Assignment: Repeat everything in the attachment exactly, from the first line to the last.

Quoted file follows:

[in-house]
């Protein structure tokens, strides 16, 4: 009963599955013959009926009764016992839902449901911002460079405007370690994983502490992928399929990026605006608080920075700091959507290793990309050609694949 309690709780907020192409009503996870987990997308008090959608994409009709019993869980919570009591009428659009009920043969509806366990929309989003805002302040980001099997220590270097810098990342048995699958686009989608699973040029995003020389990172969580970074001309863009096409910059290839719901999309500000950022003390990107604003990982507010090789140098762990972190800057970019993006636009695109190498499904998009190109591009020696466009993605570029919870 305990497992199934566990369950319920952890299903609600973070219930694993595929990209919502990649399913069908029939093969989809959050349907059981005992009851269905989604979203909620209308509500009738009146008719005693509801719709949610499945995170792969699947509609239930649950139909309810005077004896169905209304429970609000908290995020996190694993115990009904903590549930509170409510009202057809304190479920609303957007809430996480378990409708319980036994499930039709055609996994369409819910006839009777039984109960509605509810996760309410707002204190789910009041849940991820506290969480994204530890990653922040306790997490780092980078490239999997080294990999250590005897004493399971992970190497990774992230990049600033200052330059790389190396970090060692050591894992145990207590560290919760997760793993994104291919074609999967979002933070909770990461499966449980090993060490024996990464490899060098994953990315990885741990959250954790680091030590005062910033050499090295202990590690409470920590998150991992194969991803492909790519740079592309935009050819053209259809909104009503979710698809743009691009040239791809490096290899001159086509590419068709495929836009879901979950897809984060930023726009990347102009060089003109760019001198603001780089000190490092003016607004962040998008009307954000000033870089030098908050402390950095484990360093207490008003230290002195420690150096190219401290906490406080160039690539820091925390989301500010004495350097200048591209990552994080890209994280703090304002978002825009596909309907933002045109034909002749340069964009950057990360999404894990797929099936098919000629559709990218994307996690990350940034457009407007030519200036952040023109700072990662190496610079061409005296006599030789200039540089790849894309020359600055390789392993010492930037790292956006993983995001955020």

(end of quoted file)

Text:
[in-house]
């Protein structure tokens, strides 16, 4: 009963599955013959009926009764016992839902449901911002460079405007370690994983502490992928399929990026605006608080920075700091959507290793990309050609694949 309690709780907020192409009503996870987990997308008090959608994409009709019993869980919570009591009428659009009920043969509806366990929309989003805002302040980001099997220590270097810098990342048995699958686009989608699973040029995003020389990172969580970074001309863009096409910059290839719901999309500000950022003390990107604003990982507010090789140098762990972190800057970019993006636009695109190498499904998009190109591009020696466009993605570029919870 305990497992199934566990369950319920952890299903609600973070219930694993595929990209919502990649399913069908029939093969989809959050349907059981005992009851269905989604979203909620209308509500009738009146008719005693509801719709949610499945995170792969699947509609239930649950139909309810005077004896169905209304429970609000908290995020996190694993115990009904903590549930509170409510009202057809304190479920609303957007809430996480378990409708319980036994499930039709055609996994369409819910006839009777039984109960509605509810996760309410707002204190789910009041849940991820506290969480994204530890990653922040306790997490780092980078490239999997080294990999250590005897004493399971992970190497990774992230990049600033200052330059790389190396970090060692050591894992145990207590560290919760997760793993994104291919074609999967979002933070909770990461499966449980090993060490024996990464490899060098994953990315990885741990959250954790680091030590005062910033050499090295202990590690409470920590998150991992194969991803492909790519740079592309935009050819053209259809909104009503979710698809743009691009040239791809490096290899001159086509590419068709495929836009879901979950897809984060930023726009990347102009060089003109760019001198603001780089000190490092003016607004962040998008009307954000000033870089030098908050402390950095484990360093207490008003230290002195420690150096190219401290906490406080160039690539820091925390989301500010004495350097200048591209990552994080890209994280703090304002978002825009596909309907933002045109034909002749340069964009950057990360999404894990797929099936098919000629559709990218994307996690990350940034457009407007030519200036952040023109700072990662190496610079061409005296006599030789200039540089790849894309020359600055390789392993010492930037790292956006993983995001955020």